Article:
Most people think of communication as being written or spoken language. It is very likely, however, that you don't even realize the many forms of visual communication that you encounter on a daily basis. Visual communication has been a part of human life since the earliest days of civilization, and the importance of visual communication cannot be overstated.

What Is Visual Communication?

Defined roughly, visual communication can be said to be any kind of communication that transmits information using colors, symbols, imagery or the placement of objects and materials in space. A neon sign with a picture of a martini glass may communicate that a building is a bar, while two large beams placed in an "X" shape over the entrance to a mine shaft may indicate that the entrance is closed.

These are just two forms of visual communication, but there are many examples, many of which you may not even be aware that you understand because they are so ingrained in your day-to-day life. In fact, studies have shown that visual communication is the type of communication that individuals in society typically rely on most heavily. Everything from film to typography to color choices to shapes make up the many forms of visual communication.

The importance of visual communication in a culture or a community can be seen in the many ways on which the medium is relied. Traffic lights, stop signs, poison warning labels, colors and shapes indicating danger and where to go for help are all examples of the heavy reliance and importance we place on visual communication. To assume that important things are written in words and nonverbal communication is limited to decoration, adornment and aesthetics is to ignore the importance of visual communication.

History of Visual Communication

Since the earliest days of civilization, man has used visual communication strategies to transmit information. Cave drawings, sketches in dirt or sand and even marks of war paint worn on the body all served as signals to those who saw them and understood instinctively or from experience what those symbols meant. While no one is sure exactly when cave paintings first originated or what their original purpose was, the assumption is that they were intended as a kind of early documentation or perhaps part of a religious ritual.

Around the year 600, people began to print with wood blocks for the first time. What followed was an explosion of visual communication. Images and symbols could be reproduced over and over again and transmitted around the world. Regardless of the native languages of the speakers, once the images began being associated with words or concepts, they began to act as a universal language.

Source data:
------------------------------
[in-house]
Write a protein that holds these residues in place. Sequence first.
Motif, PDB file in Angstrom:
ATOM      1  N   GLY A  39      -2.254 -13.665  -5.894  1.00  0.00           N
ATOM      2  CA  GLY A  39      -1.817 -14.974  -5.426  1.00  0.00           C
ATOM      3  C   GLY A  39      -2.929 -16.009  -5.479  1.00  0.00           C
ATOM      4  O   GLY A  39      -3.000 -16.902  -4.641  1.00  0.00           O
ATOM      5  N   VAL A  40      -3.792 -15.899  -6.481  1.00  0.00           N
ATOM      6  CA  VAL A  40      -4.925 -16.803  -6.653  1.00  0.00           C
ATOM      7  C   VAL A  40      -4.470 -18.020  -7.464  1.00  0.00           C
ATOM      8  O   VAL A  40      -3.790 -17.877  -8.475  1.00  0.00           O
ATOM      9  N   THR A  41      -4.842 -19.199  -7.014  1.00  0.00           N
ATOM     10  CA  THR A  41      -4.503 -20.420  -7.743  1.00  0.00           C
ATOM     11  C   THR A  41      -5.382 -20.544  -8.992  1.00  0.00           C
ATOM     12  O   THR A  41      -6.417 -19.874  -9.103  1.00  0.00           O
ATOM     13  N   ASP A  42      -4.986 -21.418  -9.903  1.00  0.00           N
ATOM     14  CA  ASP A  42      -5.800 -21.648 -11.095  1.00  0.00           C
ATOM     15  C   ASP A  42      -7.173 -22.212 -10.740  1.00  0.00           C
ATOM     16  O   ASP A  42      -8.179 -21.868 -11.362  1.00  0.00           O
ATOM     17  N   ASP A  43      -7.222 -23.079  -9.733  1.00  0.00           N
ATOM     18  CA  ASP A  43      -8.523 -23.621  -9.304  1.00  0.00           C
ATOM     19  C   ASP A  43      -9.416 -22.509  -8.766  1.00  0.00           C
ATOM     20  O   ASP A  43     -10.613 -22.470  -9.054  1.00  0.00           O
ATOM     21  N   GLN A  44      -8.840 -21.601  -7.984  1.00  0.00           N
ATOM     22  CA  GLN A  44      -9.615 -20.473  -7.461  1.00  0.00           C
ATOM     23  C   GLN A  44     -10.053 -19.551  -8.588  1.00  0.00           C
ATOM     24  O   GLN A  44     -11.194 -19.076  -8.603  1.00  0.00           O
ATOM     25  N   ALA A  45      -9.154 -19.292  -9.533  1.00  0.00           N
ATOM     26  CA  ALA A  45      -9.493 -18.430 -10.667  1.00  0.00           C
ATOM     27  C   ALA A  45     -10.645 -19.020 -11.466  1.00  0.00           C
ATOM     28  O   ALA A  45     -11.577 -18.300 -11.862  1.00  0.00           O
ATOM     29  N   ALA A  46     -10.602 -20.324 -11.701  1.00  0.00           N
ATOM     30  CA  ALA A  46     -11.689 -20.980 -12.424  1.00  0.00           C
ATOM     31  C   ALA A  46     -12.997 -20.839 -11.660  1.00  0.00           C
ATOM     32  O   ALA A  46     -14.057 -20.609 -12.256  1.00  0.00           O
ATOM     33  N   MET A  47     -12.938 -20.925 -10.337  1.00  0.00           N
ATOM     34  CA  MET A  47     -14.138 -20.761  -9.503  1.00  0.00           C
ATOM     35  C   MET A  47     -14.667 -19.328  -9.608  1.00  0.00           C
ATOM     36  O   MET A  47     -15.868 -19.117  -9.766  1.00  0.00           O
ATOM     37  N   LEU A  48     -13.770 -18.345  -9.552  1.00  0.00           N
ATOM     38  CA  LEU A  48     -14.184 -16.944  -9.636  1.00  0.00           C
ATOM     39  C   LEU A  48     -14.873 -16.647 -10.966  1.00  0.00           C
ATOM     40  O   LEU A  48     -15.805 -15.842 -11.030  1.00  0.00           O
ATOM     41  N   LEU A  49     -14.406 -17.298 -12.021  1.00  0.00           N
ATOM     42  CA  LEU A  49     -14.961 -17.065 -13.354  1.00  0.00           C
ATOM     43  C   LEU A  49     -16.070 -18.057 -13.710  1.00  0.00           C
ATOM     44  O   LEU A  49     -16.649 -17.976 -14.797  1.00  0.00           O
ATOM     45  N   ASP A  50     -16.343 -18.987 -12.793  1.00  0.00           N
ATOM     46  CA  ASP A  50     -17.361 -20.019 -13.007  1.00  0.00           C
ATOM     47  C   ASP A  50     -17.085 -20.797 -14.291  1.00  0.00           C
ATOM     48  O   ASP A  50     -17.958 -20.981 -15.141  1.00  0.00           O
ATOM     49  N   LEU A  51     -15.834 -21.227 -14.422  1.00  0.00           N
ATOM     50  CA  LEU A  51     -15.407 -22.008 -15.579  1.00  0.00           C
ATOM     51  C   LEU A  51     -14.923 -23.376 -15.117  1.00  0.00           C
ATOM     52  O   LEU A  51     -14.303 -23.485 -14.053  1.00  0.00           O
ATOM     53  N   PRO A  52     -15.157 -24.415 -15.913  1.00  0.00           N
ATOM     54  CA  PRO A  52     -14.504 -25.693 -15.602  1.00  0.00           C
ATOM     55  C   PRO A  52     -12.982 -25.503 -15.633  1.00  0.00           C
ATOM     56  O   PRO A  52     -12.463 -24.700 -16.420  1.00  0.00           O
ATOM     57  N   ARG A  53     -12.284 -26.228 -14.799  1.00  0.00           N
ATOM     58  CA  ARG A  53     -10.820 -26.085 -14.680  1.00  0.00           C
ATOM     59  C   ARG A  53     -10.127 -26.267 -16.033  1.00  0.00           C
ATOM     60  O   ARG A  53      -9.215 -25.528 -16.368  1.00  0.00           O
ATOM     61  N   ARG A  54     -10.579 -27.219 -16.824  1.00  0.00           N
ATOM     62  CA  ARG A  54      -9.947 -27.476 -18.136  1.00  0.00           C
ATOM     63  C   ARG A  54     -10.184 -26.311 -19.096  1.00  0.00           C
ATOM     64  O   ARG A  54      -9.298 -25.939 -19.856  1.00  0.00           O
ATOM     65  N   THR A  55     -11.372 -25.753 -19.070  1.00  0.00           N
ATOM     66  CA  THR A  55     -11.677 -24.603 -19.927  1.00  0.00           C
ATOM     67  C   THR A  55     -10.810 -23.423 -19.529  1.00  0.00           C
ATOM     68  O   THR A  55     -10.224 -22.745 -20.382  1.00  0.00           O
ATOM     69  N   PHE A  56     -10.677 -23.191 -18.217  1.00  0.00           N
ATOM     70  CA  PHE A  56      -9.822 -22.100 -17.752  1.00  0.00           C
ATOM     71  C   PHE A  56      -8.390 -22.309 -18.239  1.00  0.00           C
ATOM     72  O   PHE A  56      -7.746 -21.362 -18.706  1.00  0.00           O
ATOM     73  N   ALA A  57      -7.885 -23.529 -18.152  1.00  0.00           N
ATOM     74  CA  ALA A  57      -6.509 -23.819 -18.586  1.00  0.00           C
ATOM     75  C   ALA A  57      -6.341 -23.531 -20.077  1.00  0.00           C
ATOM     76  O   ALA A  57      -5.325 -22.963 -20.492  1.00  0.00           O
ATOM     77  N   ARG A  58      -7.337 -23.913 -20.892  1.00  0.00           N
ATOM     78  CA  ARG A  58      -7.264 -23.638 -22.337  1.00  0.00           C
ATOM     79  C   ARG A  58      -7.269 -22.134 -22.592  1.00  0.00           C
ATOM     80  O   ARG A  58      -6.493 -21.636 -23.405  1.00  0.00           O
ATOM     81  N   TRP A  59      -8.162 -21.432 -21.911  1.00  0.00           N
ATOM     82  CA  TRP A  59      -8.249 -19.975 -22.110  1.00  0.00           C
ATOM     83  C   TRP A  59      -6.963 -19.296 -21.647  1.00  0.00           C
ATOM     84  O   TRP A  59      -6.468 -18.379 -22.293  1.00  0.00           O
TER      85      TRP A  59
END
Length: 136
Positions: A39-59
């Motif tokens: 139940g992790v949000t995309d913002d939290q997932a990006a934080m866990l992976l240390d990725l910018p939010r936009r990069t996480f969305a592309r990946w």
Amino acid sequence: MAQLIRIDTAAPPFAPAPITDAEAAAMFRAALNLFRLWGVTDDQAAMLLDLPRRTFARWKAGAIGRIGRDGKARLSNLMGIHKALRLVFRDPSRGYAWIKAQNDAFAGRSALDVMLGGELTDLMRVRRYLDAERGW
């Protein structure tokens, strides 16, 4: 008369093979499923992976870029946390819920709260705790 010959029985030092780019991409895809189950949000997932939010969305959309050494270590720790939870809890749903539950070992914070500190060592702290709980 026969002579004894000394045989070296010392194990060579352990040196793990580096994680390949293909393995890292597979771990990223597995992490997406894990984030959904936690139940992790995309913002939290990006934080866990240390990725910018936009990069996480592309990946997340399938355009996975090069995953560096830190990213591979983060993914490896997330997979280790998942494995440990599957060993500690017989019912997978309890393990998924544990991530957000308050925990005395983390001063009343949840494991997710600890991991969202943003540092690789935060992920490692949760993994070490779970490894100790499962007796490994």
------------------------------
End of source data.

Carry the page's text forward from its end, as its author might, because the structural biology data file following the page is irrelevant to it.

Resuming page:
All forms of visual communication rely on the assumption that both parties in the exchange recognize a symbol or a shape as representing the same thing. As travel has brought various groups of people into contact with one another, forms of visual communication have created a situation where people from different countries who do not share a common language can communicate.

The Advantages of Visual Communication

The main advantage of visual communication is the way that symbols can become universal and supersede the need for a shared language. Visual communication is also used to express different moods and feelings. However, while visual subjects may be universally understood, care needs to be taken that the visual communication that we use does not perpetuate unfair or offensive stereotypes.

Being able to use color and shape in place of sentences or written words means that information can be transmitted instantly, one of the biggest advantages of visual communication. A red stoplight means a driver needs to slam on his brakes, which can happen a lot more quickly if he doesn't have to read words. Visual communication can use symbols and shapes to help viewers understand what they are looking at.

Visual communication can also help you conserve your time. For example, when building a piece of furniture or making a recipe, visual communication helps people complete tasks much faster than if they were working with text instructions alone. Because the brain processes images more quickly than words, you can convey and receive more information more quickly using visual communication.

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About the Author

Ashley Friedman is a freelance writer with experience writing about education for a variety of organizations and educational institutions as well as online media sites. She has written for Pearson Education, The University of Miami, The New York City Teaching Fellows, New Visions for Public Schools, and a number of independent secondary schools. She lives in Los Angeles.